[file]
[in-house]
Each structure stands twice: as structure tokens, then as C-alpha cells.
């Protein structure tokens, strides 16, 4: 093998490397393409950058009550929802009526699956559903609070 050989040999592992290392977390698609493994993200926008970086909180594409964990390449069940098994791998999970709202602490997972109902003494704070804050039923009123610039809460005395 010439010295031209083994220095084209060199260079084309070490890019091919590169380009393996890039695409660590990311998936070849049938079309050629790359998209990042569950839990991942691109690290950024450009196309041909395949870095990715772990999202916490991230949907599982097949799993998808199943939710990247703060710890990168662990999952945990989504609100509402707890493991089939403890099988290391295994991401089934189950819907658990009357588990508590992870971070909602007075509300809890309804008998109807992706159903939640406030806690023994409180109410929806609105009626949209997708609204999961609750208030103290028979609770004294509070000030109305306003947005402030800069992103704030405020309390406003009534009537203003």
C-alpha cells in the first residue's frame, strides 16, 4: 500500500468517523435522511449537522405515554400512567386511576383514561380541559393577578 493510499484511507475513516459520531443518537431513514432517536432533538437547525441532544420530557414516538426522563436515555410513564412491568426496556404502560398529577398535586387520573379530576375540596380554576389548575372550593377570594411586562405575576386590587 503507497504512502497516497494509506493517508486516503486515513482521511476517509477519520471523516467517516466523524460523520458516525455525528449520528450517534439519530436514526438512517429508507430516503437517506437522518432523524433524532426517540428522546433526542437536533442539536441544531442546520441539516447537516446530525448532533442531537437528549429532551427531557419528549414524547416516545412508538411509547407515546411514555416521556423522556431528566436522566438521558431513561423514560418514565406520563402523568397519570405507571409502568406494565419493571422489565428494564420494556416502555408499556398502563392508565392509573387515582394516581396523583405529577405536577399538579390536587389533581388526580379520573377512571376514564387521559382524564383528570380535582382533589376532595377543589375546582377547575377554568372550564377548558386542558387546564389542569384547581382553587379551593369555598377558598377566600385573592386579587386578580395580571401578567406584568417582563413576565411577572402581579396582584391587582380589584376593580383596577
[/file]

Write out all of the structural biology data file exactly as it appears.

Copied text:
[in-house]
Each structure stands twice: as structure tokens, then as C-alpha cells.
């Protein structure tokens, strides 16, 4: 093998490397393409950058009550929802009526699956559903609070 050989040999592992290392977390698609493994993200926008970086909180594409964990390449069940098994791998999970709202602490997972109902003494704070804050039923009123610039809460005395 010439010295031209083994220095084209060199260079084309070490890019091919590169380009393996890039695409660590990311998936070849049938079309050629790359998209990042569950839990991942691109690290950024450009196309041909395949870095990715772990999202916490991230949907599982097949799993998808199943939710990247703060710890990168662990999952945990989504609100509402707890493991089939403890099988290391295994991401089934189950819907658990009357588990508590992870971070909602007075509300809890309804008998109807992706159903939640406030806690023994409180109410929806609105009626949209997708609204999961609750208030103290028979609770004294509070000030109305306003947005402030800069992103704030405020309390406003009534009537203003």
C-alpha cells in the first residue's frame, strides 16, 4: 500500500468517523435522511449537522405515554400512567386511576383514561380541559393577578 493510499484511507475513516459520531443518537431513514432517536432533538437547525441532544420530557414516538426522563436515555410513564412491568426496556404502560398529577398535586387520573379530576375540596380554576389548575372550593377570594411586562405575576386590587 503507497504512502497516497494509506493517508486516503486515513482521511476517509477519520471523516467517516466523524460523520458516525455525528449520528450517534439519530436514526438512517429508507430516503437517506437522518432523524433524532426517540428522546433526542437536533442539536441544531442546520441539516447537516446530525448532533442531537437528549429532551427531557419528549414524547416516545412508538411509547407515546411514555416521556423522556431528566436522566438521558431513561423514560418514565406520563402523568397519570405507571409502568406494565419493571422489565428494564420494556416502555408499556398502563392508565392509573387515582394516581396523583405529577405536577399538579390536587389533581388526580379520573377512571376514564387521559382524564383528570380535582382533589376532595377543589375546582377547575377554568372550564377548558386542558387546564389542569384547581382553587379551593369555598377558598377566600385573592386579587386578580395580571401578567406584568417582563413576565411577572402581579396582584391587582380589584376593580383596577